Help ghostwriting clients get unstuck

Helping ghostwriting clients get unstuck

Absorbed pensive mature businessman

Our job as ghostwriters is to aid clients in getting their ideas down on paper. Once background material is gathered, we are typically responsible for arranging it in an orderly fashion that is interesting to read. The result is a professional quality article or case study, speech, email message, blog post, or book.

But it all starts with the client and the information they are able and willing to share. You’d think that clients who have taken the step of finding and hiring a professional ghostwriter would be raring to go, but through no fault of their own, this is not always the case. Sometimes clients simply have no idea what information will be useful to you or they may lack the time to stop and think about what they want included in the document you’re working on.

This is a problem for you if you are relying on information from the client to get started or move forward on the project you’ve been hired to do. How can you write a chapter of a book, for example, if the client hasn’t provided any information or direction on what the chapter should include?! Or how can you draft a blog post about an important new study if your client hasn’t pointed you to the study itself. You can’t, really.

Sure, you could do your own research, based on your own assumptions about what the client wants, and then rely on that information to write up the requested document. But odds are good that you would be at least partially off-base. Or worse, you could be way off and the client might ask you to start from scratch. That’s quite a lot of wasted time, don’t you think? You need input and guidance from your client in order to write something that is along the lines of what they were aiming for.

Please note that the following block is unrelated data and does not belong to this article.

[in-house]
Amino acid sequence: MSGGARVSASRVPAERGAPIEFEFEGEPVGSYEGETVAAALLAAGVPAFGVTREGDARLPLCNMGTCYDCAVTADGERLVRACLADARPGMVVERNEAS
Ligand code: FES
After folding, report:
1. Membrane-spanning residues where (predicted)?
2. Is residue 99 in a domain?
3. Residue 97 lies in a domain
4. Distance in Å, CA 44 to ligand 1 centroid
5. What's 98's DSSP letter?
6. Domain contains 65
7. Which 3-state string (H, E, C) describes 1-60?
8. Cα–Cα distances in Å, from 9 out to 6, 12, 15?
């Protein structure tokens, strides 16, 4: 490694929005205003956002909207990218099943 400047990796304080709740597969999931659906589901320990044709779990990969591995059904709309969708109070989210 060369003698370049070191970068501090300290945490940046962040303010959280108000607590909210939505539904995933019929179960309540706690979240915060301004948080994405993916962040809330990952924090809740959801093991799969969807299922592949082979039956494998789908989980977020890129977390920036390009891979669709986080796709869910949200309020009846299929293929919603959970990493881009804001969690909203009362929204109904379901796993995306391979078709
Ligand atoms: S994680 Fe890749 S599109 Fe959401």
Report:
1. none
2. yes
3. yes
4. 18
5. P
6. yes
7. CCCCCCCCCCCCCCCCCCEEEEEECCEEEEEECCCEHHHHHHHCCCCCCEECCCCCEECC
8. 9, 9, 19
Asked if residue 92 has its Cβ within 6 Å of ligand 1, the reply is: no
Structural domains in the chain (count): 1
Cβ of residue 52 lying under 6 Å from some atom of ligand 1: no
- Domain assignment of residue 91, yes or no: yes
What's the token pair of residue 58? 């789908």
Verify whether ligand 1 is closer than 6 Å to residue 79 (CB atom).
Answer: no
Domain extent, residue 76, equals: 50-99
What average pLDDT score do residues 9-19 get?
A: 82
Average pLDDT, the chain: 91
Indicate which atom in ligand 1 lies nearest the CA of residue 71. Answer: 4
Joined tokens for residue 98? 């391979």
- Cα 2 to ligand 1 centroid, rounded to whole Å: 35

So how can you attempt to pry this information out of their mind? There are a number of approaches to take, depending on how they best communicate:

Prepare a list of questions. If your client is reluctant to be interviewed, or can’t find time to get on the phone with you, draft a list of in-depth questions for them to respond to at their convenience. This can help jog their memory and/or take them down new paths of thought they hadn’t considered before. The client can then either dictate responses to send you or type them up, whichever is easiest.

Schedule a phone discussion. Some clients prefer to have live discussions, in which case you will want to schedule a phone call or meeting during which you  pummel them with questions (in a nice way, of course). You should have questions developed to guide the conversation and to ensure you gather all the information you need, but whether you send them to the client in advance is up to you.

Draft an outline. If you have a general sense of what information should be included in the piece you’ve been hired to write, put together a fairly detailed outline for the client to review and react to. By asking your client to correct and add to something, rather than to fill a blank document (which can be very disconcerting), they may find it easier to give you what you need. Many people are better at responding to drafts than at creating the draft from scratch.

Record their thoughts. Sometimes the client’s reason for not providing what you need is a lack of time. They’re traveling, they’re in meetings all day, yada, yada. So your solution in that case is to suggest they either dictate into a recorder or smartphone while driving to appointments or in between meetings. Or they can use a service like, which has a phone number they can call to have their monologue recorded.

I have even simply asked clients, “What can I do to help you make progress on this step? You seem to be stuck and I want to help you get unstuck.” In many cases, they can tell you exactly what they need you to do.

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Marcia Layton Turner

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